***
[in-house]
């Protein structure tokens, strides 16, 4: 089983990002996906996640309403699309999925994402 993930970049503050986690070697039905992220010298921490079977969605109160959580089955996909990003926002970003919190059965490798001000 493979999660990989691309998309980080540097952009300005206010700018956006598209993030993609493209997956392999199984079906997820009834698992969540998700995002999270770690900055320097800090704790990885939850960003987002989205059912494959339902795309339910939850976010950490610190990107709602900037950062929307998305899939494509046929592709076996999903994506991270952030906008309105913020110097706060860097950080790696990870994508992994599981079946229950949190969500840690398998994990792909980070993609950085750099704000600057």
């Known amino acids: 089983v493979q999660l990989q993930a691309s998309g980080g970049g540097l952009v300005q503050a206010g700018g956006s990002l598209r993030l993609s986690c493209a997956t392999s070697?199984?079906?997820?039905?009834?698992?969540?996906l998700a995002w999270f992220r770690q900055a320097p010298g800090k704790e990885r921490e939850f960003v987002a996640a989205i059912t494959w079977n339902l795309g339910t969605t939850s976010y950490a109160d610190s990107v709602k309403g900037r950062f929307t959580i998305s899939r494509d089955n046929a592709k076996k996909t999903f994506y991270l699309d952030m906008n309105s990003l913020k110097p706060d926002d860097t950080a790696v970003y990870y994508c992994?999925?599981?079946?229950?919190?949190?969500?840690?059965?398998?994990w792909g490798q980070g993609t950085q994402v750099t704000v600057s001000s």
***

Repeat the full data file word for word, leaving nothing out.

[in-house]
């Protein structure tokens, strides 16, 4: 089983990002996906996640309403699309999925994402 993930970049503050986690070697039905992220010298921490079977969605109160959580089955996909990003926002970003919190059965490798001000 493979999660990989691309998309980080540097952009300005206010700018956006598209993030993609493209997956392999199984079906997820009834698992969540998700995002999270770690900055320097800090704790990885939850960003987002989205059912494959339902795309339910939850976010950490610190990107709602900037950062929307998305899939494509046929592709076996999903994506991270952030906008309105913020110097706060860097950080790696990870994508992994599981079946229950949190969500840690398998994990792909980070993609950085750099704000600057």
């Known amino acids: 089983v493979q999660l990989q993930a691309s998309g980080g970049g540097l952009v300005q503050a206010g700018g956006s990002l598209r993030l993609s986690c493209a997956t392999s070697?199984?079906?997820?039905?009834?698992?969540?996906l998700a995002w999270f992220r770690q900055a320097p010298g800090k704790e990885r921490e939850f960003v987002a996640a989205i059912t494959w079977n339902l795309g339910t969605t939850s976010y950490a109160d610190s990107v709602k309403g900037r950062f929307t959580i998305s899939r494509d089955n046929a592709k076996k996909t999903f994506y991270l699309d952030m906008n309105s990003l913020k110097p706060d926002d860097t950080a790696v970003y990870y994508c992994?999925?599981?079946?229950?919190?949190?969500?840690?059965?398998?994990w792909g490798q980070g993609t950085q994402v750099t704000v600057s001000s």